I'm not sure how many of you out there were proximal to the NYC steam pipe explosion, but I from what I hear it was pretty traumatizing. The damage it effected of course drew morbid parallels to other, premeditated explosions, but since I grew up hearing engine room horror stories, I wasn't surprised to learn the cause attributed directly to a phenomenon I'm sure many of you have heard attacking your household pipes: water hammer. Sprinklers and toilets notoriously suffer from it, but any closed system with a valve is vulnerable, as wisegeek explains:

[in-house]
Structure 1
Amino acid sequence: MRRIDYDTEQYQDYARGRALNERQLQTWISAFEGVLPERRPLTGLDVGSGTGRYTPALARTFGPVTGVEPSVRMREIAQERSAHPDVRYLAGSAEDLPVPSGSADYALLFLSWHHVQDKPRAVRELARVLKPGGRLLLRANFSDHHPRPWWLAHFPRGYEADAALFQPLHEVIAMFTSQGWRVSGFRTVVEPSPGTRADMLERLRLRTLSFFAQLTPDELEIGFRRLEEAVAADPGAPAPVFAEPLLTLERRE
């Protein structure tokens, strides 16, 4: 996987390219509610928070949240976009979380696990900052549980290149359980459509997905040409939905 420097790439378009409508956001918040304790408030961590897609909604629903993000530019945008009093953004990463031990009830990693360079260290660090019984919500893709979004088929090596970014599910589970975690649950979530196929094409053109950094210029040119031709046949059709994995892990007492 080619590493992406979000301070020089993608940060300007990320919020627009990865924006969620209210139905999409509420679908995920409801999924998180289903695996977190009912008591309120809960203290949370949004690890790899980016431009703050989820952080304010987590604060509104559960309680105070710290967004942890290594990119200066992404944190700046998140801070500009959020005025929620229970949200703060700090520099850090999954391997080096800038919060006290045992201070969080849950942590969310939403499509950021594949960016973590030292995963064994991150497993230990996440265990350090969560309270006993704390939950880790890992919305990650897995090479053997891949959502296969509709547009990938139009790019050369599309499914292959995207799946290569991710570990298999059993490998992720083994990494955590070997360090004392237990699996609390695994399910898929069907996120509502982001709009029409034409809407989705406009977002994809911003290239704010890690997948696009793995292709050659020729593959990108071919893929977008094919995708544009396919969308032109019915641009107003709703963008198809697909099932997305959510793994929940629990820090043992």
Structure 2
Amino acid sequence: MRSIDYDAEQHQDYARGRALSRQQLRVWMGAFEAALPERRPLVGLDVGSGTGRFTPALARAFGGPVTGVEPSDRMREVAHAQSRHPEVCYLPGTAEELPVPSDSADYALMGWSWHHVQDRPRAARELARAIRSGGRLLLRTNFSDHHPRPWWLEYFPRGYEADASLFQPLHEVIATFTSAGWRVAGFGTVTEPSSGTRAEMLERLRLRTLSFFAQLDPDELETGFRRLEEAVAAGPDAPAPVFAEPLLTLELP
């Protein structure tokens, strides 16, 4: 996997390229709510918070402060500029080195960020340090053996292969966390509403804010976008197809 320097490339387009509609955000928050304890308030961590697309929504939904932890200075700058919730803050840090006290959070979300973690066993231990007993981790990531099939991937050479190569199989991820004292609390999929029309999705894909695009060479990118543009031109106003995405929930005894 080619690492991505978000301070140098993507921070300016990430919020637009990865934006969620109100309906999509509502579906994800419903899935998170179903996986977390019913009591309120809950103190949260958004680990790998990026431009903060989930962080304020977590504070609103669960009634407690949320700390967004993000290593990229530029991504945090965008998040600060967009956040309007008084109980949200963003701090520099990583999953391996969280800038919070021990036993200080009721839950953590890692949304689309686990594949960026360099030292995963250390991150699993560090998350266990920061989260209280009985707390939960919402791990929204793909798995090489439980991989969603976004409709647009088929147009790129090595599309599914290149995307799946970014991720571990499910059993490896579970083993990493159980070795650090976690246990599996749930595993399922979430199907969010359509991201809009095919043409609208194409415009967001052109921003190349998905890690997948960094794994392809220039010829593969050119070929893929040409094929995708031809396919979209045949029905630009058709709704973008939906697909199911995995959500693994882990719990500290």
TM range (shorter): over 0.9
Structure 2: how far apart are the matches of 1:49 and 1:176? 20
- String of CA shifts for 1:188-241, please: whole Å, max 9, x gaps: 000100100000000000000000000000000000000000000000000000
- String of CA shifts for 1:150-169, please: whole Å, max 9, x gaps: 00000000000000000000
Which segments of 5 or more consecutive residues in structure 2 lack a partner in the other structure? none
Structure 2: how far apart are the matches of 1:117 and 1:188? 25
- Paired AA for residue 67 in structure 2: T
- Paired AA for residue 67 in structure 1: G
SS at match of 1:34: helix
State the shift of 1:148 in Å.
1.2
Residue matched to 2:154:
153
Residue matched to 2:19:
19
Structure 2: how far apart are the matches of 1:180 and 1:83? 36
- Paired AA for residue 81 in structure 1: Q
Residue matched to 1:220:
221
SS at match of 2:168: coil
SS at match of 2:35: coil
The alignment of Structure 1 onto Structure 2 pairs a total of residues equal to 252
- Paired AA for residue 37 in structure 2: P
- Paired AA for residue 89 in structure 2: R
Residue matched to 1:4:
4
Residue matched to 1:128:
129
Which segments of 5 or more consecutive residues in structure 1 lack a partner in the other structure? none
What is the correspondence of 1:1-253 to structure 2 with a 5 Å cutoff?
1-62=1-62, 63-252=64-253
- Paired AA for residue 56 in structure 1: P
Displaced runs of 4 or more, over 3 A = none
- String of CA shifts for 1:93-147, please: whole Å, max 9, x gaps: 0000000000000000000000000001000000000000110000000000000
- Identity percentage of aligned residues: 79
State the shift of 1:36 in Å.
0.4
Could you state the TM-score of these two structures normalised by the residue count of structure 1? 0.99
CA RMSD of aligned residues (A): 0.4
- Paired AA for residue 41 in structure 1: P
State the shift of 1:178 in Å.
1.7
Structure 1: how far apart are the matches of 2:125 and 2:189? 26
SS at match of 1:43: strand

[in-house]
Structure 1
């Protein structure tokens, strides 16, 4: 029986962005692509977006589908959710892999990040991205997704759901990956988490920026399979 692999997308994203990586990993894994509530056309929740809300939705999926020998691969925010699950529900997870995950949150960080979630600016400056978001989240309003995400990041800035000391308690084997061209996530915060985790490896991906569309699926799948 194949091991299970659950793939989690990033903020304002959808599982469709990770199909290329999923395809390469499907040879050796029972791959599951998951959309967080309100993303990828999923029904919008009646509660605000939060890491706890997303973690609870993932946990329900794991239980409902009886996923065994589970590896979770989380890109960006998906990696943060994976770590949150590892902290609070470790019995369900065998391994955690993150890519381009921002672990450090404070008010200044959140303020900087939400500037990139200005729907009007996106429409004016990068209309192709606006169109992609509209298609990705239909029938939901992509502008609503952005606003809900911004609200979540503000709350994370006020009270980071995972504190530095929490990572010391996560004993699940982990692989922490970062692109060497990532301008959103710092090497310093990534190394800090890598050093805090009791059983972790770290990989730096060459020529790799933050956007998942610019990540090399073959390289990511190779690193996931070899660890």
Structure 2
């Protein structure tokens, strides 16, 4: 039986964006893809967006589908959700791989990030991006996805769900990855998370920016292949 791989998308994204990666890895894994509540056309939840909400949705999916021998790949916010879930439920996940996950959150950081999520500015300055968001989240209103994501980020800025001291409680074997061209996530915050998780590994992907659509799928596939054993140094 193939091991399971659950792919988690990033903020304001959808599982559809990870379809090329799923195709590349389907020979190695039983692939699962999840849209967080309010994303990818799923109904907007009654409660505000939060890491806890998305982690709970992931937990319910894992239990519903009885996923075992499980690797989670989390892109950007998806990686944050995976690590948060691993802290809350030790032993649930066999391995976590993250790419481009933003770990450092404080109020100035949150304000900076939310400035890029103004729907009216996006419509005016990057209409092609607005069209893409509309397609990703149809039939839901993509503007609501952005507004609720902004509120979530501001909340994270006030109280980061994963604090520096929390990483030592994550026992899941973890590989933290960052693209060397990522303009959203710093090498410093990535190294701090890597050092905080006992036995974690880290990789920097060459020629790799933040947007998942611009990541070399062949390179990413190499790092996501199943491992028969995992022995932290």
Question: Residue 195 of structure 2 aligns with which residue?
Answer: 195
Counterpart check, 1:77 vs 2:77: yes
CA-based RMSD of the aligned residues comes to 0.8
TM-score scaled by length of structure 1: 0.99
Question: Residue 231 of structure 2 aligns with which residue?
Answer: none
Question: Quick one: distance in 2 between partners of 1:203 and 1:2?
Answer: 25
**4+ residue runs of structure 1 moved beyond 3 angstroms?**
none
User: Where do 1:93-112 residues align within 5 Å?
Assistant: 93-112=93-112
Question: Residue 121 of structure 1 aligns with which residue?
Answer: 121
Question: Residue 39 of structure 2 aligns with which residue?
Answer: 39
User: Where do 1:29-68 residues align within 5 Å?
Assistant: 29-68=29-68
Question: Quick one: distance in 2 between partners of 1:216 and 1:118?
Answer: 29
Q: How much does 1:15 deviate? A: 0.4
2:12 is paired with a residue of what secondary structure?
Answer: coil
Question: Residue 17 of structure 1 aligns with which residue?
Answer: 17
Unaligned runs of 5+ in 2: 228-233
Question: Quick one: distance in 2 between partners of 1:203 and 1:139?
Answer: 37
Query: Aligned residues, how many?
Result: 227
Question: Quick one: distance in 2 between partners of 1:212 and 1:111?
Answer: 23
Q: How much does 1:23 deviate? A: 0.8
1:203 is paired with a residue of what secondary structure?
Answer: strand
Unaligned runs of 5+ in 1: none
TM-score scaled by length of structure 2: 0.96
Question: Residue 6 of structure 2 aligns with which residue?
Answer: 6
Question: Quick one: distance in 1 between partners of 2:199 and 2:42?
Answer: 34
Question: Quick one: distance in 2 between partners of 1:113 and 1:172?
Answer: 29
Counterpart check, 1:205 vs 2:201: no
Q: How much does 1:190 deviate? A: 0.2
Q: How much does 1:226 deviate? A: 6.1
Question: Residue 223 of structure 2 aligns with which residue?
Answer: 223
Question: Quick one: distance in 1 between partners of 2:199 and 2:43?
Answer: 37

Water hammer is a very loud banging, knocking or hammering noise in the pipes that occurs when the flow is suddenly turned off. It is caused by a pressure or shock wave that travels faster than the speed of sound through the pipes, brought on by a sudden stop in the velocity of the water, or a change in the direction. It's also been described as a rumbling, shaking vibration in the pipes.
If you're concerned about some complicated and/or aged pipes in your vicinity, LMNO Engineering has a calculator that allows you to determine the piezometric pressure (representing the marriage of pressure & weight) in each pipe. I'm not sure what the stats were for the pipe in question, but I don't envy Con Ed, especially now that the law suits are surfacing.